From Electric City…

Vino Dolce
824 Sans Souci Highway,
Hanover Township
570.824.4055

If a quiet night in a small, intimate atmosphere dining on fresh pasta that was hand cut just moments before your arrival sounds like the perfect reprieve from the evening traffic at most of the larger, shopping area restaurants, Vino Dolce is the answer.

With table seating for 14 and bar seating for 12, you’ll feel like you’re part of an old-fashioned, large Italian family dinner. Considering that the restaurant’s entrees consist of family recipes prepared daily by the owners, dining here does, in fact, make you a member of the family.

In addition to the fresh pasta, foccacia bread is baked daily on the premises and traditional Italian entrees, including veal, chicken and seafood dishes, are made to order.

Open Monday through Saturday, 5 to 9:30 p.m., Vino Dolce is for the diner searching for the simple, homey ambiance that can only be found at small, intimate, family-owned establishments.

From The Times Leader…

Vino Dolce a sweet dining experience

By T. MUNCH
Times Leader Food Critic

It would be so easy to drive right past this unassuming former insurance agency painted purple on the Sans Souci Parkway.

Don�t.

Vino Dolce, which opened in December, is a pocket-sized pasta palace worthy of your patronage. The menu doesn’t dazzle with selection from untraveled northern Italian nooks. The scampis, parmigianos and pastas are standard fare at plenty of area restaurants, but Vino Dolce’s tender pasta  “homemade and hand cut daily” isn’t.

Vino Dolce (“sweet wine” in Italian) stands out for the freshness of its ingredients and dishes.

It begins with the bread basket, filled with wedges of homemade focaccia (Italian flat bread flavored with olive oil and herbs.) These tender, inch-thick slabs of springy, flavorful bread are a delight dabbed in olive oil. But go easy, you won’t want to load up.

From the Insalata menu, I ordered a salad of roasted red peppers. The 12-inch bowl was loaded with slightly chilled peppers, plump capers, black olives and loads of fresh garlic all dressed in olive oil. The smoky peppers tasted so sweet, they bordered on the flavor of tomatoes.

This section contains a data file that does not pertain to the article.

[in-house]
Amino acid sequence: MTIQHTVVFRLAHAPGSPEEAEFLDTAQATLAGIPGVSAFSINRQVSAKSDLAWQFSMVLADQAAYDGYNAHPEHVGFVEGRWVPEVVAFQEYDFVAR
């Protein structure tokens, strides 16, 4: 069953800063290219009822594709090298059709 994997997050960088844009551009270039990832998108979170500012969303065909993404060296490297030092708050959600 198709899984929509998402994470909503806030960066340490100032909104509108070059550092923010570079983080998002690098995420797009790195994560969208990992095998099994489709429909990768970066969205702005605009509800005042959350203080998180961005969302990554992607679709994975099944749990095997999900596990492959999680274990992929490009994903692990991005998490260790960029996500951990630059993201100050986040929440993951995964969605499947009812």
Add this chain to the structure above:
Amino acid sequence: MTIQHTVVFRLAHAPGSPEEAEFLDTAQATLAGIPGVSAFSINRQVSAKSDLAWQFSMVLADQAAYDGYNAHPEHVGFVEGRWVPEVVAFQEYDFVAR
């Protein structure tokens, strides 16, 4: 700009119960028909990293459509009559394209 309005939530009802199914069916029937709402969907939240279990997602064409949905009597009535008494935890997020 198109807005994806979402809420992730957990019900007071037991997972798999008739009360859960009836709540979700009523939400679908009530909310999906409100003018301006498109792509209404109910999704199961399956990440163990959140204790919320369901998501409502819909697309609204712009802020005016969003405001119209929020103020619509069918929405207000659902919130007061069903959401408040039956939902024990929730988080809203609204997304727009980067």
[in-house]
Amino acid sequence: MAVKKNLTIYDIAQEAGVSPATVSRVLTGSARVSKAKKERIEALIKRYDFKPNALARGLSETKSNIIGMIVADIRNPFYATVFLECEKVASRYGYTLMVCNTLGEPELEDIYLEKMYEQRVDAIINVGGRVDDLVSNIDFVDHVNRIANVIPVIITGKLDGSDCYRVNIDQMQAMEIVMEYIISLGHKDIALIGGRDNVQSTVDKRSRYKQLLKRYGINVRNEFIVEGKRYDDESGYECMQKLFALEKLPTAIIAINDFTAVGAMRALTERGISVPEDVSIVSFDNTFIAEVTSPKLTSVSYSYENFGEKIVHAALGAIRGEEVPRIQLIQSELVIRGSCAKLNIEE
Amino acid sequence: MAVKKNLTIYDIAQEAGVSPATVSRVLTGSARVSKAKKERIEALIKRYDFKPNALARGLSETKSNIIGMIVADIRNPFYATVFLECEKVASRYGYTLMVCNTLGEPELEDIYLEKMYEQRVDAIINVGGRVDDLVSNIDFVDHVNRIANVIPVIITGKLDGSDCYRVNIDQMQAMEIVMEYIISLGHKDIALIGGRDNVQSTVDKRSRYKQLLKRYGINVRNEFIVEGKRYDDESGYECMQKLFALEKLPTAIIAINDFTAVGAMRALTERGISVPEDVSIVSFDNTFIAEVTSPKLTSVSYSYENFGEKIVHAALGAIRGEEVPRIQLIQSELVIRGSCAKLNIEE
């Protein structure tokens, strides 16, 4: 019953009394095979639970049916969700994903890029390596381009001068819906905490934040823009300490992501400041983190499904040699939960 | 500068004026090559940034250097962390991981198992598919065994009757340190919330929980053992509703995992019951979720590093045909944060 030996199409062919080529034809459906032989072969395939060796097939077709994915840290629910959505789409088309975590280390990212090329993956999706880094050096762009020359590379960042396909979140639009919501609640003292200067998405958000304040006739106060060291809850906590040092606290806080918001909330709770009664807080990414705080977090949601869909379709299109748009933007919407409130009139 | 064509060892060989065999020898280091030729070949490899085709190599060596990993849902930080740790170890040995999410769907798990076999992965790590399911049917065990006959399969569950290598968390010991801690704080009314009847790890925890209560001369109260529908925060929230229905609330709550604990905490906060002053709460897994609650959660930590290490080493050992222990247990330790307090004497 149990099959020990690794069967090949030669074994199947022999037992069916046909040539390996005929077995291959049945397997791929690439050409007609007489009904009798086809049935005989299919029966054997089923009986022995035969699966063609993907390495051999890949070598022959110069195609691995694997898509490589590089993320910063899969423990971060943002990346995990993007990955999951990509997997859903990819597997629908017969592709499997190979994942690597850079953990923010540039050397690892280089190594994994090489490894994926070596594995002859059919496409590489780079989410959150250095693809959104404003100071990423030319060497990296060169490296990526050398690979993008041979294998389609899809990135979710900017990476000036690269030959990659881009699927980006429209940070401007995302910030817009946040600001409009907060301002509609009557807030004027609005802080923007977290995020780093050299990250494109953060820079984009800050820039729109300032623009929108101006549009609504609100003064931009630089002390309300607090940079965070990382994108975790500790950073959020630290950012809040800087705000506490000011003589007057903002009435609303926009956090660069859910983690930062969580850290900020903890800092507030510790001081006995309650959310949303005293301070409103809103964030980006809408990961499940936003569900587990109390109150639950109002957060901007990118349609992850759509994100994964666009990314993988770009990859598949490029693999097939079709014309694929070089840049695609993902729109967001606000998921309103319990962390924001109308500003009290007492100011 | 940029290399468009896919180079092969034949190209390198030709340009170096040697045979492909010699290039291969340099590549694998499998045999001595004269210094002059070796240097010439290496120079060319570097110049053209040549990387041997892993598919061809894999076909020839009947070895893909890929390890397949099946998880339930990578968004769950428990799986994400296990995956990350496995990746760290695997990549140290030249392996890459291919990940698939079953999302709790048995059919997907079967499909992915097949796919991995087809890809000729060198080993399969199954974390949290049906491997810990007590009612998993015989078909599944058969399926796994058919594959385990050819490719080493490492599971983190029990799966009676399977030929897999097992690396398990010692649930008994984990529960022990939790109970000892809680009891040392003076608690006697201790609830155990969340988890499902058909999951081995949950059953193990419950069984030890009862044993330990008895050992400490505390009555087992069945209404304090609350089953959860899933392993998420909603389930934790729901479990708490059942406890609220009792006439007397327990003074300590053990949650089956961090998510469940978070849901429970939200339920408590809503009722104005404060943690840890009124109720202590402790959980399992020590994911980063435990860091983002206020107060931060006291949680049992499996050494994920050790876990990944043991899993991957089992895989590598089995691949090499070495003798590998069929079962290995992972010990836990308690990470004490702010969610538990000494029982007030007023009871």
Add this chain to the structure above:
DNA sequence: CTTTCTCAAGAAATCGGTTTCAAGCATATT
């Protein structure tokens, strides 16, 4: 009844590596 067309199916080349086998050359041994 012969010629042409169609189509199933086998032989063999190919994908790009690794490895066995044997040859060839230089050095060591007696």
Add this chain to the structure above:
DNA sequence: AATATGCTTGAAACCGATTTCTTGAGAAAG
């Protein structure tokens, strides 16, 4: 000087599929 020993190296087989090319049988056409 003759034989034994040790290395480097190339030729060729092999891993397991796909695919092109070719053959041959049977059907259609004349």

The sole disappointment of the entire meal was the run-of-the-mill black olives in the salad. With all the gourmet olives available, why settle for something out of a can?

Our gracious waiter, a friendly, easygoing kid, served up the bruschetta next. He brought extra plates with each appetizer, knowing intuitively that my wife and I would share with our two young sons.

Forget what you think you know about bruschetta. Vino Dolce’s masterpiece in no way resembles skimpy French bread over baked to the consistency of a crouton, all slathered in a watery tomato slurry. Instead, take that same wonderful focaccia, rub it with olive oil and garlic and top with fresh tomatoes, basil and melted mild provolone. The sweet-yet-tart tomatoes are the star of this show.

My 5-year-old clam man was pleased to see Clams “Vino Dolce” on the menu. This consists of 13 (he counted them thrice) plump, steamed Rhode Island clams, seasoned with Italian spices and vino.

He offered this advice to his less experienced, 3-year-old prospective clam-eating sibling: �The bigger they are, the harder they are to get out of the shell.  Bonus tip: The green stuff (spices dusting the lip of the bowl) doesn’t taste like anything.

For dinner, I couldn’t choose between portabella mushroom and cheese ravioli or homemade lasagna. Our waiter broke the tie. “It’s wet and damp out-side,” he said. “The lasagna will fill you up.”

The hearty lasagna was a good choice; not over laden with cheese, allowing me to taste the freshness of the pasta. About 25 square inches of yum.

My wife asked about Vino Dolce’s specialties, learned the crab-stuffed ravioli is quite popular, then chose a risotto dish (Italian arboria short-grain rice that’s creamy when cooked – spicy Italian sausage and asiago, a hard grating cheese) from the daily special menu.

Our 3-year-old spluttered and reached for the water glass after sampling Mom’s sausage. That burns the heck out of me. It has an interesting, smoky bite but is quite manageable.

There is no children’s menu, but kids often split entrees at Vino Dolce, according to our waiter. Ours divided meat ravioli and ate it all.

A word on children. Vino Dolce is a really, really intimate place. We’re talking 10-small-table-tiny in the no-smoking section, maybe fewer by the bar. Our pint-sized diners are far from angels at home, but they can keep their seats and voices low for 90 minutes out to eat. One rowdy kid (or adult, for that matter) could ruin everybody’s meal.

Again, don’t be fooled by Vino Dolce’s modest exterior. Once through the front door, the transition is remarkable. A beautiful cherry bar accented by cherry woodwork throughout. Classy furnishings. Dim lighting. The perfect place to pop the question  if you can be heard above the “Moonstruck” soundtrack.

My older boy pledged to hold his ears all through dinner  until he discovered he couldn’t cover his ears and wield a fork simultaneously.

For dessert, the Italian Love Cake, is hands down the best cake I’ve ever eaten in a restaurant. Generous layers of vanilla and chocolate cake separated by a sweet Ricotta cheese filling, covered in a light chocolate mousse frosting.

To die for, and I nearly did. I’m still nursing prong wounds to my right hand. Next time, the boys get their own Love Cake.